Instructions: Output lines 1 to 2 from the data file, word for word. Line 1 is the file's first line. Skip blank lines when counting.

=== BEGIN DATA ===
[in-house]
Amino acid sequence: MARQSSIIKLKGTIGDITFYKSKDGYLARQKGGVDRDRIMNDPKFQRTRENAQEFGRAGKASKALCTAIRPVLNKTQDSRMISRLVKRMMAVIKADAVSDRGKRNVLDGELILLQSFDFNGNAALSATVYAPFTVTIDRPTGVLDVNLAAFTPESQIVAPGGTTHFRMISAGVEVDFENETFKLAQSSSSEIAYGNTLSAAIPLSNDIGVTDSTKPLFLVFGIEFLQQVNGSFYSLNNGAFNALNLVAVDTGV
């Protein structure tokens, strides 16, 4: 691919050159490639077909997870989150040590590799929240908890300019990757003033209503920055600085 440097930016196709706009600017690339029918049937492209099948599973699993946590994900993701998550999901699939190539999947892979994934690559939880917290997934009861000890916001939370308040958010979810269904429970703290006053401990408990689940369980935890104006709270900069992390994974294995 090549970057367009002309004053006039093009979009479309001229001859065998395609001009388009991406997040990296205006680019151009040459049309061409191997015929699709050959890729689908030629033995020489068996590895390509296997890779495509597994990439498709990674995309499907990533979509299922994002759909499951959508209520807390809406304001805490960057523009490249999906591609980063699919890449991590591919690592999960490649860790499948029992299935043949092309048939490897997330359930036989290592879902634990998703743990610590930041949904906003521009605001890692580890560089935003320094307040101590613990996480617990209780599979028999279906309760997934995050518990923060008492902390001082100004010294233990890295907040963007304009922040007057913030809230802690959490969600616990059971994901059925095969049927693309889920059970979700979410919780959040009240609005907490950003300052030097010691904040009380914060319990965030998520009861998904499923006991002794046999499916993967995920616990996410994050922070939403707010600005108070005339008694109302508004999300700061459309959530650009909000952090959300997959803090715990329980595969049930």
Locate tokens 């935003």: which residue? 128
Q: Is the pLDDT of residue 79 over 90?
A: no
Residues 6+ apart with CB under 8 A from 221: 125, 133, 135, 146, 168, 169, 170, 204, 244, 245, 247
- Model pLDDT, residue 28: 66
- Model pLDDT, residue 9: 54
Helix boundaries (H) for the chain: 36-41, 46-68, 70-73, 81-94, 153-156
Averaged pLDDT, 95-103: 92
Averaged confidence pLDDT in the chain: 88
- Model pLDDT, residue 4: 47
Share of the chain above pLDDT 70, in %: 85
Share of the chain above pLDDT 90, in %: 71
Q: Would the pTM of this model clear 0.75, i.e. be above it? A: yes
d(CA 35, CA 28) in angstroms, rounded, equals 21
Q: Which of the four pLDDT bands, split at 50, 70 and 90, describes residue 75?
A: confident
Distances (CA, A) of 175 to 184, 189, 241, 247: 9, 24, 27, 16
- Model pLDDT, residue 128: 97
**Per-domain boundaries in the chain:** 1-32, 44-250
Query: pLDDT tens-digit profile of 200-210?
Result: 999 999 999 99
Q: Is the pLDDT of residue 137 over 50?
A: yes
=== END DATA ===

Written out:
[in-house]
Amino acid sequence: MARQSSIIKLKGTIGDITFYKSKDGYLARQKGGVDRDRIMNDPKFQRTRENAQEFGRAGKASKALCTAIRPVLNKTQDSRMISRLVKRMMAVIKADAVSDRGKRNVLDGELILLQSFDFNGNAALSATVYAPFTVTIDRPTGVLDVNLAAFTPESQIVAPGGTTHFRMISAGVEVDFENETFKLAQSSSSEIAYGNTLSAAIPLSNDIGVTDSTKPLFLVFGIEFLQQVNGSFYSLNNGAFNALNLVAVDTGV